Blender Making short animated film on zero budget — Chris Burton on En Passant

Blender community finally got its own first musical. Chris Burton published the short animated film “En Passant” (fr. “in passing”) made with Blender. The project had been for 2 years in works by a dedicated team of over 40 artists, musicians, and actors.

After several public screenings the film won two Jerry Goldsmith awards: Best Song and Best Soundtrack for an Animated Film. As Bart stated on Blendernation, “This incredible movie [..] is going to be one of the icons in Blender’s history”. Fair enough!

The interesting detail about the animated film is that the project had zero budget. So we asked Chris Burton some questions about the production.

The “En Passant” movie has a bit of a dark mood, and it’s a musical at that, too! :) How did you come across this idea?

Put the dark mood down to my ever-increasing cynicism ;) I’d like to pretend the idea was an epiphany while gazing wistfully at the stars, but actually it just evolved very naturally from Leeran’s first pitch.

He had the idea of a “mafia musical”, about a street dancer who falls in love with a don’s daughter, and has to rescue her when she gets kidnapped. I made a remark — almost as a joke — that this sweet and innocent girl should murder her captors unexpectedly at the end, and I think it quickly then became apparent to both of us that she was by far the more interesting character.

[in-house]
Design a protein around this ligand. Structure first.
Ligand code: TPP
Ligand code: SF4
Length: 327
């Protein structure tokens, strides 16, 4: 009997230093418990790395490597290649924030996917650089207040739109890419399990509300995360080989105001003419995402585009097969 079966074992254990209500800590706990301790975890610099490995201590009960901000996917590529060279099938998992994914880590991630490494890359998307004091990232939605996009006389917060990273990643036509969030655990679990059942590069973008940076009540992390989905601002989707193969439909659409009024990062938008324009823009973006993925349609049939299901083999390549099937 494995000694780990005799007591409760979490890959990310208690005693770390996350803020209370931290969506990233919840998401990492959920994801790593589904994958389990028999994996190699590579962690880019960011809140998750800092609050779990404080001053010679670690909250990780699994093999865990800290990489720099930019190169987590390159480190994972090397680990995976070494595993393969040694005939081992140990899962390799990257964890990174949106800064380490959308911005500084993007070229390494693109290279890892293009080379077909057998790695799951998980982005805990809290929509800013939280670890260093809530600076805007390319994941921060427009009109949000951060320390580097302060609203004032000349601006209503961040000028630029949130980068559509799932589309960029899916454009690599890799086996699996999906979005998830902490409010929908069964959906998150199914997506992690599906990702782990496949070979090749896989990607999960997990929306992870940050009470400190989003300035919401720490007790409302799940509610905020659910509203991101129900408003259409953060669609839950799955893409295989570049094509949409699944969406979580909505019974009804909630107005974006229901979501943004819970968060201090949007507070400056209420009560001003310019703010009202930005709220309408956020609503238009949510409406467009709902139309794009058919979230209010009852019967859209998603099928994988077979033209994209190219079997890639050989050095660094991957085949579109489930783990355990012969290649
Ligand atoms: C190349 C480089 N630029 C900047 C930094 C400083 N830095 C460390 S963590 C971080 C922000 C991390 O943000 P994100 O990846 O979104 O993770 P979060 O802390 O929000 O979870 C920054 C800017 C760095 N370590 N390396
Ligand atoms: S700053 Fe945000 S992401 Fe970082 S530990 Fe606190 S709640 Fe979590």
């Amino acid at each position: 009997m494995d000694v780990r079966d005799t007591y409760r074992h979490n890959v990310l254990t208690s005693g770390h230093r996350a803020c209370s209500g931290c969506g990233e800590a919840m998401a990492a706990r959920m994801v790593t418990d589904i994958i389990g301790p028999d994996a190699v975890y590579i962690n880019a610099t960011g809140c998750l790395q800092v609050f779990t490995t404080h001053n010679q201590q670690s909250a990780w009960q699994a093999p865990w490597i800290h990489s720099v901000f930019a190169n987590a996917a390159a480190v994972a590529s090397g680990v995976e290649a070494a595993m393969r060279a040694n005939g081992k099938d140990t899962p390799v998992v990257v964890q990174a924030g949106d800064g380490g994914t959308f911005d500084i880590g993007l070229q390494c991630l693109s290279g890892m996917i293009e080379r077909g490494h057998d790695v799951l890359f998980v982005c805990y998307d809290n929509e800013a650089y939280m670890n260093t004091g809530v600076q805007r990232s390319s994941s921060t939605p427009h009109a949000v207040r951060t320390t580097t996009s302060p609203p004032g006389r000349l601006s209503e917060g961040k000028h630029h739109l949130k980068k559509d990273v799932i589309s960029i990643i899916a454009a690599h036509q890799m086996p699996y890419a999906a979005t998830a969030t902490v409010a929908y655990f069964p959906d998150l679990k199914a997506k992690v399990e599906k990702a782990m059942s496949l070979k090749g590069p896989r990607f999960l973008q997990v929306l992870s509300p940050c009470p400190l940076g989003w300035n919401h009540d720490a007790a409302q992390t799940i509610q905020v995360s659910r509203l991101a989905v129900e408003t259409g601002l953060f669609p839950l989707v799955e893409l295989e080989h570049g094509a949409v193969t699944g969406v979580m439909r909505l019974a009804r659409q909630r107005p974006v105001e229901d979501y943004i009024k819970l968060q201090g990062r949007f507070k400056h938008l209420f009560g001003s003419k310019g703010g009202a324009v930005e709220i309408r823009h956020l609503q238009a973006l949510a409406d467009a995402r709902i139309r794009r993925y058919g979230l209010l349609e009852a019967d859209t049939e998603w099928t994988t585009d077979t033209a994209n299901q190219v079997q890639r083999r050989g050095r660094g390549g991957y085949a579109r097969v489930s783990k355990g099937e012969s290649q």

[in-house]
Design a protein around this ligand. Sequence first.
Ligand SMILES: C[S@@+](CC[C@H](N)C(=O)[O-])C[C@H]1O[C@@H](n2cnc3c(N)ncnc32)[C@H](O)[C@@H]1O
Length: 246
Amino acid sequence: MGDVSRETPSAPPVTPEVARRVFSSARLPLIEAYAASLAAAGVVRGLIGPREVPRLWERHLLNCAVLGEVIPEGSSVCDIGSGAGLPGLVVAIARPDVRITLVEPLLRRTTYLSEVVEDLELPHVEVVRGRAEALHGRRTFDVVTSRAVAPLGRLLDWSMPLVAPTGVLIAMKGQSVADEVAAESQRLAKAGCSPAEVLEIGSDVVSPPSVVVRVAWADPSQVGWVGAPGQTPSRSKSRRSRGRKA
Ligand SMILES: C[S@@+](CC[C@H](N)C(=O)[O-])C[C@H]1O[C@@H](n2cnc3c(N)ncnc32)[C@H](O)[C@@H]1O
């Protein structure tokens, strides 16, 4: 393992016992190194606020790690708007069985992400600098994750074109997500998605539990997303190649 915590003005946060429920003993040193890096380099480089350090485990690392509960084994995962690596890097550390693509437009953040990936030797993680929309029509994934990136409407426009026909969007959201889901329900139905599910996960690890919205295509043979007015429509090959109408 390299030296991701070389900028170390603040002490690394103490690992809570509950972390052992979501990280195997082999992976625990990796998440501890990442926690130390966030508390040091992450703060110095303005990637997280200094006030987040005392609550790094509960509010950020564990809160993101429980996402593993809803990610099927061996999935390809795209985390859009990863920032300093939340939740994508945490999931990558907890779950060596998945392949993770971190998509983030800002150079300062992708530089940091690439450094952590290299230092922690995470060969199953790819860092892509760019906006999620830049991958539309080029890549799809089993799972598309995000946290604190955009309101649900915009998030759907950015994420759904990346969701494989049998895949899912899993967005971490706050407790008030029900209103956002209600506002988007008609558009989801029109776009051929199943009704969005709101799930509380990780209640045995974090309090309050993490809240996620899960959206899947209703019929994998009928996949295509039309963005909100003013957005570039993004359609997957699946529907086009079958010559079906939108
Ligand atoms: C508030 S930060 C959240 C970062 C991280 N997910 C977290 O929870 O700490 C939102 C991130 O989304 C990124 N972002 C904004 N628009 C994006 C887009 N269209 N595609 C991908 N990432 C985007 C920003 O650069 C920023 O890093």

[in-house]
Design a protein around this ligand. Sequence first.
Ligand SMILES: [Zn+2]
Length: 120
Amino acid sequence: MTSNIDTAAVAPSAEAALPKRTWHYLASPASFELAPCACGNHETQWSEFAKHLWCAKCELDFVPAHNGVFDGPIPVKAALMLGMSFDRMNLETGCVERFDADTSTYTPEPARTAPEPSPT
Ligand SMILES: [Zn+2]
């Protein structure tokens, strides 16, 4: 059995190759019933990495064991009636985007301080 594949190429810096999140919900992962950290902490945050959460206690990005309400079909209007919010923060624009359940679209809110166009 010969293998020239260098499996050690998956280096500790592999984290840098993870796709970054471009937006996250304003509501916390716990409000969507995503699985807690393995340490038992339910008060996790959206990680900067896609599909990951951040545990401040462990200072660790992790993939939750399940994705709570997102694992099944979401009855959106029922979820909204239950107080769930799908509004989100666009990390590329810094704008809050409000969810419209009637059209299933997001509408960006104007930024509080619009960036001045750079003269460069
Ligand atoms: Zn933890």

I decided to take the story in a different direction, making her and her inner struggle the focus. I started to see it as less of an edgy love story and more as a way to explore themes like nature versus nurture, the degree to which we can blame our actions on our upbringing… You know, upbeat stuff.

As for it being a musical, that was totally down to the quality of Leeran’s work. I’d never considered making one before, and I still haven’t finished watching Chicago, which I bought for research when we started.

How did you get to know Leeran Raphaely?

Leeran wrote to me. He’d watched one of my earlier works, Taste Lab, and was interested in teaming up. We spent a few weeks just shooting ideas back and forth, and when he started to send me piano tests I knew it was a film that had to be made.

Character singing test from February 2011

It was a very healthy collaboration — mainly because we’re both obsessive, perfectionist workaholics — all bad qualities that suddenly become good when you’re an artist!

I see a lot of artists banging their heads against the financial wall whenever they try to make a short movie of their own. Typically they end up on Kickstarter, IndieGoGo, Anipipo etc. So how did you manage the inevitable expenses? It’s clear that artists can work remotely for fun and/or publicity, and you did use models from Blendswap, but at some point you needed e.g. a studio for recording, mixing and mastering.

I happily left pretty much the whole audio side down to Leeran, aside from the dialog directing. He is literally a master of sound, with access to loads of musician friends, a college recording studio and resources way beyond what I ought to expect — I’ve been very spoilt!

Voice recording sessions were done at his home in Seattle, with me in London. I’d have to log on to Skype at 3am and direct actors on the other side of the world, while he’d be hooked up to a separate computer just listening to the voice work as it was being recorded.